NRL News: ‘Our game is stupid’ – Gus could face sanctions over latest rant, Souths admit finals dream all but over


Canterbury general manager Phil Gould could face sanctions from the NRL over his latest rant about the state of the NRL.

One of the most controversial figures in the game, he has escaped punishment several times over the years despite holding positions at clubs while also being a media commentator.

He let fly during an appearance on Nine’s 100% Footy on Monday night and the NRL, according to a Fox League report, is investigating his comments and could hand him a breach notice for breaching the code of conduct.

“Our game’s so stupid. You can lose the ball over the line and it costs you 20m and seven tackles. Why?” he fumed when asked about a contentious no-try ruling against Api Koroisau during the Tigers’ loss to Brisbane.

“I don’t know because it’s stupid. But I can just take a line drop out and it goes out on the full no consequence. It’s nothing at all – what sort of stupid game is this? Who sits and makes up these rules?

“Api Koroisau try what the hell was that – what the hell was that? We are so stupid with our rules. Our game is stupid.”

Bunnies refocus goals after dismal start

Chief executive Blake Solly accepts South Sydney may miss the top eight this season, with history stacked against Ben Hornby in the fight to save the Rabbitohs’ faltering campaign.

Jason Demetriou’s axing on Tuesday has paved the way for St George Illawarra legend and long-time Souths assistant Hornby to take charge, commencing with Thursday’s clash against reigning premiers Penrith.

The Rabbitohs had considered appointing defence coach and ex-Canberra boss David Furner to the interim position but Hornby’s four-and-a-half years experience with the Rabbitohs won him the job.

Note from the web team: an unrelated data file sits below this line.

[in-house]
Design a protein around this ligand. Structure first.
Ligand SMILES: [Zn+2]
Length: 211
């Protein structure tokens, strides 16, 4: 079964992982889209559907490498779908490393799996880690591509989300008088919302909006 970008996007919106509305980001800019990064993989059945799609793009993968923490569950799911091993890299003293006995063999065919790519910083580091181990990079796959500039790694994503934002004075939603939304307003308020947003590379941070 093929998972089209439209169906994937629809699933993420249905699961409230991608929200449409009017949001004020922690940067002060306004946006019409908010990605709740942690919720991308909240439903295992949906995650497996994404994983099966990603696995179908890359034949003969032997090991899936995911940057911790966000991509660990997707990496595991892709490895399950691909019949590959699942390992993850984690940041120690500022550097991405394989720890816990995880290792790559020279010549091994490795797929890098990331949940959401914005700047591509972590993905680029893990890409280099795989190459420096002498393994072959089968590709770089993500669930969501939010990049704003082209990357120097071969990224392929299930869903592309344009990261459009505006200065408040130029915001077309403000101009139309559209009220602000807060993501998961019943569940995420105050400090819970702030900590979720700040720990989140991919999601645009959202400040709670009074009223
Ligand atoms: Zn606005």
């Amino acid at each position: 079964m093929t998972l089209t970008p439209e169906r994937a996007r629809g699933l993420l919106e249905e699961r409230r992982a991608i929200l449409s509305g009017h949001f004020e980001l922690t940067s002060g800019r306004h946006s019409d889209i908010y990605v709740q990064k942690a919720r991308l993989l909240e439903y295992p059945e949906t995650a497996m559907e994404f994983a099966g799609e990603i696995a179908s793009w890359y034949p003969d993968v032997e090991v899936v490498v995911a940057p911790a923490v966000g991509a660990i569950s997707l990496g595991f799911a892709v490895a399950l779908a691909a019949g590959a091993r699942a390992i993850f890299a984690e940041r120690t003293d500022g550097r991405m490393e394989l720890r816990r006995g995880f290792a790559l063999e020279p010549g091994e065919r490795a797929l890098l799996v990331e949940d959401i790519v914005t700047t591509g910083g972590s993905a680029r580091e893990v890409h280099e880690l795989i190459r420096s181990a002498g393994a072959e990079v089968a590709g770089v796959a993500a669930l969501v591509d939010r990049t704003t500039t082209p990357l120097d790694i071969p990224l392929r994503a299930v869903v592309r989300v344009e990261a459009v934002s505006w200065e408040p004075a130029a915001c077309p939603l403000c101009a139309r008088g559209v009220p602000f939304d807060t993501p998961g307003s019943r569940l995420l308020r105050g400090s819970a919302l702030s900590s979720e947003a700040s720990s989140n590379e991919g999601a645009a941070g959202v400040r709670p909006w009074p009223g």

Furner only joined the staff two weeks ago and will continue to assist Hornby.

The Rabbitohs have named Wayne Bennett their first-choice coaching target for 2025, with Solly virtually ruling Hornby out of contention by insisting the club was after an experienced mentor.

But Solly was keen to outline plans for Hornby when he approached the Dragons’ 2010 premiership captain with the current job offer on Tuesday night.

“There’s two or three really clear expectations for Ben,” Solly said. “We want to see improvement in terms of results and performances on the field.

“We want to give Ben and the coaching staff the time to develop some of our younger players who we’re starting to see come through.

“Hopefully guys like Jye (Gray), Tyrone (Munro) when he comes back from injury, and Peter (Mamouzelos) can play a lot more NRL football this year.

“We want Ben and the coaching staff and the players to hold themselves and carry themselves in a way that represents our club in the best possible way.” Management have opted against setting Hornby the lofty task of inspiring a finals berth; the Rabbitohs won only one of their first seven games this year and sit last on the ladder.

Moreover, interim coaches have historically struggled to lead their team to the play-offs.

In the NRL era, a coach has been installed in response to a mid-season departure on 41 occasions, but only three of those caretaker bosses have led their side to the finals.

Ben Hornby. (Photo by Mark Kolbe/Getty Images)

Even then, none of those three faced as lofty a task as Hornby; Penrith were already running fourth on the ladder when Cameron Ciraldo replaced Anthony Griffin late in 2018.

When Rick Stone took charge from Brian Smith at Newcastle in late 2009, the Knights were in ninth spot.

“We certainly think we can make something of the season, whether or not it results in a top-eight berth, I’m not sure,” Solly said. “But I know the character of this team, I know what they’re like and they’ll be up for the challenge.

“If we can get our players back on the field sooner rather than later, I think most teams will be concerned about playing us.

“If we can get to the top eight, that’d be wonderful, but really it’s about improvement over the next few weeks.”

NRL era interim coaches who made finals

Cameron Ciraldo – Penrith (6th place, 2018)
Rick Stone – Newcastle (7th place, 2009)
Jason Taylor – Parramatta (8th place, 2006)

with AAP

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